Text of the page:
In many ways I’m sure that Stephon Marbury is the poster boy for the modern spoiled athlete. One need only look at his paltry record of achievement in the NBA to realize that Marbury is at best over-rated or at worst a me first talent who has parlayed his immense skills into very little actual winning in the NBA.
Sure, there was the whole $15 sneaker campaign. And for that, Marbury is to be complemented. If you’re the Knicks, Marbury’s charitable impulse is probably counter-balanced however by things like his damaging testimony in the Isiah Thomas sexual harassment trial and the public revelation of Marbury hooking up with Knicks’ cheerleaders in parked cars not to mention those pesky lack of wins since Starbury has come home to New York.
So, all in all, I can completely see why the Knicks would want to get rid of him. In fact, I (as a Knicks’ fan) never wanted him here in the first place. I was not alone in this sentiment. I felt Steph was a loser and many agreed.
Where I’m more alone, is with my current opinion on the latest Knick-Marbury tussle. The Knicks have suspended Marbury for refusing to suit up recently. If that’s all there was to the story, I’d surely be on the Knicks’s side as most fans are.
The reality, however, is that the Knicks and their new coach Mike D’Antoni mishandled Steph from square one. When D’Antoni was hired most people figured it was the beginning of the end for Marbury in NY. D’Antoni had gotten Marbury traded out of Phoenix after all, so it seemed a no brainer that if D’Antoni didn’t wanted to coach Marbury as a Sun that he sure wouldn’t want to coach him as a Knickerbocker.
Then, something surprising happened. D’Antoni started out his Knick tenure saying Marbury would have a chance to be part of the team. From all accounts, Marbury tried hard during the pre-season to fit into D’Antoni’s schemes. At one point, when new starting point guard Chris Duhon was struggling, there was even talk around town that Steph might re-claim his starting job. See! New York can be a naive place sometimes too.
About three games into the season, Marbury hadn’t seen a minute of playing time when Coach D’Antoni announced that Steph would no longer be a part of the team. Donnie Walsh who is D’Antoni’s boss seemed caught off guard by his coach’s proclamation. And so started the most recent Marbury controversy.
Whether Walsh was on board or not, Stephon Marbury was told he isn’t part of the team either now or in its future. Yes! He was able to keep his huge salary and for that he should certainly be (yet I’m sure he’s not) appreciative. So, Stephon became an outcast. That lasted until the Knicks got short handed and then they allegedly asked him to dress for a game. According to the Knicks, Marbury refused and what with him still drawing a paycheck from the organization and all, the Knicks saw fit to suspend him.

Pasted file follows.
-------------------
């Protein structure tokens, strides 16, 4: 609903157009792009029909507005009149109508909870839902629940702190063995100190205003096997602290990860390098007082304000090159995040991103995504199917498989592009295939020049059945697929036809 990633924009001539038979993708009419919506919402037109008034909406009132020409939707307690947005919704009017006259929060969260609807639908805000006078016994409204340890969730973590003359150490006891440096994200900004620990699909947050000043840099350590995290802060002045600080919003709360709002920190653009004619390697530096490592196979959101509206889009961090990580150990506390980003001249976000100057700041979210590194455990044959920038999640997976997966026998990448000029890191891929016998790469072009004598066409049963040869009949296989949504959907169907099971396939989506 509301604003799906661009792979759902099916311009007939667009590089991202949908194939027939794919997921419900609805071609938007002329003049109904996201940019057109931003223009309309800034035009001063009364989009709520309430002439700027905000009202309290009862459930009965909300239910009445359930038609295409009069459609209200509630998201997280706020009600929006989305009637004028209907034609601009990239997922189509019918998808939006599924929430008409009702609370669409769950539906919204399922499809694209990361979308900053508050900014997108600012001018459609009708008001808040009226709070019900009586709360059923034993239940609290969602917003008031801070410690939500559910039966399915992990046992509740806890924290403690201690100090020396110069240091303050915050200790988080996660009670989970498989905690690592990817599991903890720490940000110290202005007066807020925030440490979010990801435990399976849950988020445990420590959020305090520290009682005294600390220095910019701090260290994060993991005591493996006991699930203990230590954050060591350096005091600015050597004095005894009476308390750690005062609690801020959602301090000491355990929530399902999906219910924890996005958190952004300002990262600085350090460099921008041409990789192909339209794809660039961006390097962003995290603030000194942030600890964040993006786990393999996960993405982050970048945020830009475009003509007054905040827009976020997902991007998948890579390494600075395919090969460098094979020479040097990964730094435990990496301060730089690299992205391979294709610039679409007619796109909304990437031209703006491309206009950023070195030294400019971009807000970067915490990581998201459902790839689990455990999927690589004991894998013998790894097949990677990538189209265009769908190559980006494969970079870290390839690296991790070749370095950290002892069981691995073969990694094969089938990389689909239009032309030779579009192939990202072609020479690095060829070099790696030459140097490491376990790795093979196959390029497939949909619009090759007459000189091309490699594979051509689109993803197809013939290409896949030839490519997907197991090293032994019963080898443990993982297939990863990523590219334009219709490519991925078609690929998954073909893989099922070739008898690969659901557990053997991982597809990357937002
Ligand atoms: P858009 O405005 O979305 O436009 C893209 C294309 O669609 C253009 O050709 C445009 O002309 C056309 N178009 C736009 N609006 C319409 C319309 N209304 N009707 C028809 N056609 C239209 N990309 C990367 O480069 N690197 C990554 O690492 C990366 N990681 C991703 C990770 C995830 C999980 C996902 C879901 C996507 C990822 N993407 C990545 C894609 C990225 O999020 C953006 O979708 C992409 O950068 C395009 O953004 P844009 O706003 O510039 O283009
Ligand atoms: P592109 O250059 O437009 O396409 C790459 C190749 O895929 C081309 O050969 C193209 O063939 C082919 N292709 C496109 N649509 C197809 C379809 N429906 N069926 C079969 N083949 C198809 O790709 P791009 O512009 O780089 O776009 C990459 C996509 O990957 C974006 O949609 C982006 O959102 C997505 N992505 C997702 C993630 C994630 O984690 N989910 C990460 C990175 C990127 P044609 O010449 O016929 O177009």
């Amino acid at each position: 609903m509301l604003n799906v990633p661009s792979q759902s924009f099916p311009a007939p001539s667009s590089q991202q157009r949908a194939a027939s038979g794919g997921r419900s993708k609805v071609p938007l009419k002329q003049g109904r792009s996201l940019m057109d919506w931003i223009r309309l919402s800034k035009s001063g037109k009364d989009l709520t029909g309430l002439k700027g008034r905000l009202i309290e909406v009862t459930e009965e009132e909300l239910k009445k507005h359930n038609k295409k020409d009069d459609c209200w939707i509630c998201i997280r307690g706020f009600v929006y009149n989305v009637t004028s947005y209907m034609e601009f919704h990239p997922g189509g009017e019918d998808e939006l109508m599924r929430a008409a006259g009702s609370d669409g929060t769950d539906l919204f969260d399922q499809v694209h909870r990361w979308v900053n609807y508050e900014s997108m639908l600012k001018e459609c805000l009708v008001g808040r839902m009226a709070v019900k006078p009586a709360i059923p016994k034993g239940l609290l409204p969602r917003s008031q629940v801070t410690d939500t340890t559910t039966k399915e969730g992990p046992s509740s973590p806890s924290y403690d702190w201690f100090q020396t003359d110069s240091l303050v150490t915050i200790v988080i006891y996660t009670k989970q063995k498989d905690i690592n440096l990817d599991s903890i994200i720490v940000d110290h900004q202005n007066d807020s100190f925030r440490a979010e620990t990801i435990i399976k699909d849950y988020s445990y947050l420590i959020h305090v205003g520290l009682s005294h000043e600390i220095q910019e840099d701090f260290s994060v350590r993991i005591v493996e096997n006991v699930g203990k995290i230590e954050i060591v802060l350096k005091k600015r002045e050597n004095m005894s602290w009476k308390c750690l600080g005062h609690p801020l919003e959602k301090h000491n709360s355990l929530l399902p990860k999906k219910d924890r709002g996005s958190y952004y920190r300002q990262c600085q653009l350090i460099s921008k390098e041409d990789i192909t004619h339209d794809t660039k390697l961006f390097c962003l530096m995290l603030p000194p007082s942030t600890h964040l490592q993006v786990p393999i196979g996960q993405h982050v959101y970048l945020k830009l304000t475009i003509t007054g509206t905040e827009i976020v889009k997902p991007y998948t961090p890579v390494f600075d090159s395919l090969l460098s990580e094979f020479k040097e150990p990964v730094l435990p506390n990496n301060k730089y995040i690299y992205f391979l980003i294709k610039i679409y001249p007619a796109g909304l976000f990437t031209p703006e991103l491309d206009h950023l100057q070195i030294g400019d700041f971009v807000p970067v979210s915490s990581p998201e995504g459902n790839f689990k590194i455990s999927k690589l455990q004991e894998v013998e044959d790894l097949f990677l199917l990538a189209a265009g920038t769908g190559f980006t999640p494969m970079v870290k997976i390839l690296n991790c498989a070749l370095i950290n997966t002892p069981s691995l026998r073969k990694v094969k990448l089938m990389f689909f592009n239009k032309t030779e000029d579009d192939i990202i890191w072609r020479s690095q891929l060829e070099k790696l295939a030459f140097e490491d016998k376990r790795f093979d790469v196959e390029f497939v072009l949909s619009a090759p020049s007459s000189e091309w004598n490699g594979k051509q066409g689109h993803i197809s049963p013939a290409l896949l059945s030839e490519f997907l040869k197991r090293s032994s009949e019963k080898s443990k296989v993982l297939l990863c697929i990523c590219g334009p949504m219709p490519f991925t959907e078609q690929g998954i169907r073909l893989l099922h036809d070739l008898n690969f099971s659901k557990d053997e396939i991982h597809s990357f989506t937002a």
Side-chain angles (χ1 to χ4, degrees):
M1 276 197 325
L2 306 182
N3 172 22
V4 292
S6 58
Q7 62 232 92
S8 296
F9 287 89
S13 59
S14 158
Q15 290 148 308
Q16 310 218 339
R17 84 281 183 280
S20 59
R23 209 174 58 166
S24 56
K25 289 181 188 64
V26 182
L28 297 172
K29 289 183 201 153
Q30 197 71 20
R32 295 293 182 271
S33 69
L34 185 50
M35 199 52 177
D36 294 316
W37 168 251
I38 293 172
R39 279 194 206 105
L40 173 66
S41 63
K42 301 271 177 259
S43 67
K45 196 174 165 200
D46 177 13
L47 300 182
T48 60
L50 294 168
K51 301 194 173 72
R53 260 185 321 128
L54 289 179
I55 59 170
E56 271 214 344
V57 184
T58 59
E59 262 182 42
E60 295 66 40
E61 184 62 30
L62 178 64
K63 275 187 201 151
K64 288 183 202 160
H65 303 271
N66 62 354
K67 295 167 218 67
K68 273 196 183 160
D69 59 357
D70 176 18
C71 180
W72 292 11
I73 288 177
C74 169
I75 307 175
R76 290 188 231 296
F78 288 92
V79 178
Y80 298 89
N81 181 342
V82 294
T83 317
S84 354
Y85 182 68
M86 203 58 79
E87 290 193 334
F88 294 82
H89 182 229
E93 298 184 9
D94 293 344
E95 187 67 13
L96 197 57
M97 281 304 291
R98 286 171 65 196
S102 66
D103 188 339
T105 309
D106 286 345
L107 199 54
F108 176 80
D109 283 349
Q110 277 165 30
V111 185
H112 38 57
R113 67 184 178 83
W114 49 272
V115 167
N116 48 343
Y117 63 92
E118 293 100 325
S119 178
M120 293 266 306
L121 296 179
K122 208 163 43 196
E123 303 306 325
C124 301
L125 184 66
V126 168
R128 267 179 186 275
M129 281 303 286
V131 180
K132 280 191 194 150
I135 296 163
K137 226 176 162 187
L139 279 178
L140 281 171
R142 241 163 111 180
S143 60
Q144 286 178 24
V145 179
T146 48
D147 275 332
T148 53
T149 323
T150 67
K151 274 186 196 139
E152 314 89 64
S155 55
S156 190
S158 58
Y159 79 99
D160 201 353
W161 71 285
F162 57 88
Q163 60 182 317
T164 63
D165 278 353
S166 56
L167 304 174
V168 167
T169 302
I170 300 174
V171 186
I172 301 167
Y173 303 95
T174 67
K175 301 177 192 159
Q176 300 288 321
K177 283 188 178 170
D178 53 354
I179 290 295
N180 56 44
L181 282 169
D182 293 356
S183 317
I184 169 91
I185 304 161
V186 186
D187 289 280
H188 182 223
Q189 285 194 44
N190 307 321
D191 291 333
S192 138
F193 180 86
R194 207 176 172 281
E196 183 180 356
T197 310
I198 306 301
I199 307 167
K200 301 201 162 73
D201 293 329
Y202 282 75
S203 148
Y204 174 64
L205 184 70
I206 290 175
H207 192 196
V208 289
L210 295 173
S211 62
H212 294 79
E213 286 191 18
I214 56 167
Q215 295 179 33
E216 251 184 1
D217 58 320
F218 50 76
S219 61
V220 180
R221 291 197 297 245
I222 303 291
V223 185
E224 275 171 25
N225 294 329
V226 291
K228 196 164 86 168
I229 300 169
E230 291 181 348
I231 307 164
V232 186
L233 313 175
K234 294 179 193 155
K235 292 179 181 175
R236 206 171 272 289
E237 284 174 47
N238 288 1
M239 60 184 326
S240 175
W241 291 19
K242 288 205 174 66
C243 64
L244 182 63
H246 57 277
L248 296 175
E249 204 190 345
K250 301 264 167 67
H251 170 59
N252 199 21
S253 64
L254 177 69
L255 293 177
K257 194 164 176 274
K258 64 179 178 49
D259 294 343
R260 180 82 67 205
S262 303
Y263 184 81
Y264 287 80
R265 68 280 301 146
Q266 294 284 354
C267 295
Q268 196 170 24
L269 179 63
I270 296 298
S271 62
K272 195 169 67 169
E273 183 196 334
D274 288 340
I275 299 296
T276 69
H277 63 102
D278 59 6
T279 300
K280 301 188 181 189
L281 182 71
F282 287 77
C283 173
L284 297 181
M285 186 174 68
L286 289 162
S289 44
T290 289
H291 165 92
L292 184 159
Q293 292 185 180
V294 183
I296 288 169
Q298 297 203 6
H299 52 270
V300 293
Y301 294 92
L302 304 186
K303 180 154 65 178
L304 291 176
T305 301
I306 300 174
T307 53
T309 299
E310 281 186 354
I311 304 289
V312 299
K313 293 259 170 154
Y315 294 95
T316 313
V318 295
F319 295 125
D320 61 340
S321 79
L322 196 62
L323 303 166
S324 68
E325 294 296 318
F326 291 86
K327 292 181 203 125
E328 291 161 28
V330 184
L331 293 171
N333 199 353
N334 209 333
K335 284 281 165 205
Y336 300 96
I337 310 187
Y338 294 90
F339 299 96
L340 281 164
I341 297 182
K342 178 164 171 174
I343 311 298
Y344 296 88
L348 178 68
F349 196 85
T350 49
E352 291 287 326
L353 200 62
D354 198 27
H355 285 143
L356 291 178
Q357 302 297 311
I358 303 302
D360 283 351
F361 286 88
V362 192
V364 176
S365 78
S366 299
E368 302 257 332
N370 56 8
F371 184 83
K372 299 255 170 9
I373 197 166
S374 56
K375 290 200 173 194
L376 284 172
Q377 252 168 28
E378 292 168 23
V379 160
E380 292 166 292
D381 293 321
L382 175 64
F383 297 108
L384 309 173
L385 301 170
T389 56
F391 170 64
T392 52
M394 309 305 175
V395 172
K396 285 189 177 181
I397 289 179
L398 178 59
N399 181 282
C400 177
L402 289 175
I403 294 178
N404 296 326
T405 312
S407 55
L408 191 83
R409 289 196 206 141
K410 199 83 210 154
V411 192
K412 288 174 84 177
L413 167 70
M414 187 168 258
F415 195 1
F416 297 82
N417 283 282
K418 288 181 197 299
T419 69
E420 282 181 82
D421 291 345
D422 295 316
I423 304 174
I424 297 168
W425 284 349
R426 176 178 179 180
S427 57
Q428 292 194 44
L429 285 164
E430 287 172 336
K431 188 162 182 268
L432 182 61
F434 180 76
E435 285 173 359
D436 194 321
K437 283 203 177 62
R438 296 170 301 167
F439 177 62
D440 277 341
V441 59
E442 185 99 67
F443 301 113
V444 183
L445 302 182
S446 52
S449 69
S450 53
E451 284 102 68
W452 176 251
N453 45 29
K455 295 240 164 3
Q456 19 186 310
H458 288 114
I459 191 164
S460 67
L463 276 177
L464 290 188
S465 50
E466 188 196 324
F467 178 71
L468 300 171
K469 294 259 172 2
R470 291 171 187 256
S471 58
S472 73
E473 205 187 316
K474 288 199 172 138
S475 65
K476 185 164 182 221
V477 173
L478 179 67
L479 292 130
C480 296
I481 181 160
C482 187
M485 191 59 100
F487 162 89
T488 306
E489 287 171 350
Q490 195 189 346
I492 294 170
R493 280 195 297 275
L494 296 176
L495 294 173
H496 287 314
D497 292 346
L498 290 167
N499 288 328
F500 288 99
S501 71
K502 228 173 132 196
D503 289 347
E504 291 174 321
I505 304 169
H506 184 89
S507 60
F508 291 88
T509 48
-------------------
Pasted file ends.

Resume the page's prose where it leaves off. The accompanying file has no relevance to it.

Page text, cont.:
Stephon Marbury might be spoiled. He might be a jerk. But, he’s not wrong in this situation.
It’s the Knicks who set up a really bad situation for Marbury and their team. Now, they’re stuck with it. They’ve offended Mr. Marbury and now when they need him he won’t play for them.
I know it looks bad for Stephon, but what would you do if you made tens of millions of dollars a year, knew that others would be happy/foolish enough to pay you similar amounts of money and had the ego to go with it? Would you have put on a Knicks’ jersey? Or would you have felt mistreated and told your bosses to take a hike.
As fans, we always want pro athletes to be sainted figures only in pursuit of wins and championships. The reality is they are real people like you and me only more spoiled in most cases. If I was Stephon Marbury and had been lied to about my chances in the D’Antoni regime, I too would be in little hurry to run back to the Knicks when they got desperate enough to ask me back temporarily.
If I were Stephon Marbury I would feel like the Knicks played me like a fool. I would feel cheated out of a chance to compete for my spot on the team. And, yes, I too would have told them I wasn’t up to playing 30 minutes after being banished all season for no longer fitting in.
If I were Stephon Marbury I would not understand how the Knicks wouldn’t have tried to increase my trade value by actually playing me until someone pointed out that all I was really worth to the Knicks was the massive cap room my expiring contract would soon give them. Basically, I would realize the Knicks from the beginning were ready to flush away a year of my professional career so that they could get maximum cap relief.
Once that realization sunk in, I’d realize that I had some leverage. And I’d refuse to play too.
My guess is that if many of you were treated similarly by your places of work and had the ability to hit back at your organization without jeopardizing your massive check that you’d go for it. After all, you’re only human.
Just like athletes.